PARIS — AS threats to the Atlantic seaboard of Morocco from a huge black tide of oil appear to be receding, an international controversy is building over intervention rights in supertanker mishaps. A two-week-old oil spill from an Iranian supertanker, the Khark 5, still menaced important fishing and tourist industries on Morocco's Atlantic coast yesterday. Slow response to the incident is focusing attention on the need for better regional anti-spill intervention measures, as well as better international regulation for addressing such accidents.
Just as officials of the United States government came under heavy criticism last March for moving too slowly against the disastrous Exxon Valdez spill off Alaska, the Moroccan government has been hit domestically and internationally for its delayed and often ambiguous response to the huge spill.
At the same time, several European officials, including French Environmental Secretary Brice Lalonde, are proposing stronger international laws to allow nations to intervene when disabled ships in international waters pose a potentially serious environmental threat.
The spill was touched off Dec. 19 when the Khark 5, transporting 284,000 tons of Iranian light crude, caught fire and was abandoned by its crew. The tanker quickly lost 70,000 tons of its cargo - about twice as much as that spilled by the Valdez - but not until last weekend did Moroccan officials call in French, British, Spanish, and other European cleanup specialists.
While Moroccan intervention teams, aided by experts from Europe and the US, are closely watching weather conditions to see if what is now a ``chocolate mousse'' might still hit land, the Khark 5 is being towed south toward the Cape Verde Islands, where salvagers hope to pump out its remaining cargo and repair the ship. Many observers, however, worry that the tanker is so damaged that it could split and spill more than 200,000 tons of crude into the ocean.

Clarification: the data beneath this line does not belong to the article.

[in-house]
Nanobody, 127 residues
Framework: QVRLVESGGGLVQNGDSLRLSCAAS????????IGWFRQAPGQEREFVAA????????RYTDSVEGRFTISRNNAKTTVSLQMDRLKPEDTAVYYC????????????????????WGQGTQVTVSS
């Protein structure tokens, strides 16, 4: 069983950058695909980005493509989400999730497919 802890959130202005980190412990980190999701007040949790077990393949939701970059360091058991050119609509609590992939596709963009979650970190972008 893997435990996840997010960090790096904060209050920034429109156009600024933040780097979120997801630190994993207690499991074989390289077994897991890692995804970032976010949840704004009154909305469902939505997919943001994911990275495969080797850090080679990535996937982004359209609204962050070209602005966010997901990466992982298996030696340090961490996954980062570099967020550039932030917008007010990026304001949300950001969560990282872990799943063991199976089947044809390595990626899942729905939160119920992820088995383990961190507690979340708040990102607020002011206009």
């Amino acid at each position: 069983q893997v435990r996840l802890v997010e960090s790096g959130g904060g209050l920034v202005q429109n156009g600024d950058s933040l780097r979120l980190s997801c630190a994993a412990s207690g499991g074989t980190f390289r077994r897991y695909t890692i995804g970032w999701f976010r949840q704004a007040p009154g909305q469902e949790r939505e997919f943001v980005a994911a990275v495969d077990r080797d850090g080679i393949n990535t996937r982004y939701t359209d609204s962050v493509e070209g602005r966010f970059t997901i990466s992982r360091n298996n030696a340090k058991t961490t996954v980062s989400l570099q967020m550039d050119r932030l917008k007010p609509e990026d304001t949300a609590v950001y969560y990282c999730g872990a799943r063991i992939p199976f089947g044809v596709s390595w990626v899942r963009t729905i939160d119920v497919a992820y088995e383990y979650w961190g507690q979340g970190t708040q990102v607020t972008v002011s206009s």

Some international oil accident experts say the Khark 5 is a case in point for improving regional intervention preparedness. ``There is really no coordination along this section of the Atlantic,'' says Lucien Laubier, chief scientific adviser with IFREMER, the French Institute for Ocean Development.
``After some tragic accidents, the North Sea countries are now well-coordinated to intervene,'' and similar efforts are being made in the Mediterranean Sea and the Persian Gulf, says Mr. Laubier. ``Things are improving, but this accident proves much more is needed.'' He says many African coastal countries have little more than buckets and shovels for combatting spills.
Morocco will face a ``long and costly cleanup process'' if the ``chocolate mousse'' - a term coined to describe the frothy mixture that hit France's Brittany coast in 1978 following the Amoco Cadiz accident - reaches its shores. Laubier says only manual cleaning operations would be effective at that point.
The Dutch company charged with salvaging the Khark's remaining cargo says it could have acted sooner if it had been allowed to tug the tanker into calm waters, but it says both Morocco and Spain denied its request.
On the other hand, some experts insist that part of the delay in addressing the Khark 5 accident was caused by ``bargaining'' among the tanker's owner, the Iranian National Oil Company, the salvaging company, and the tanker's insurers. Mr. Lalonde says a ``legal void'' for addressing such accidents in international waters must be addressed. He said he would take up the issue with the 12 members of the European Community.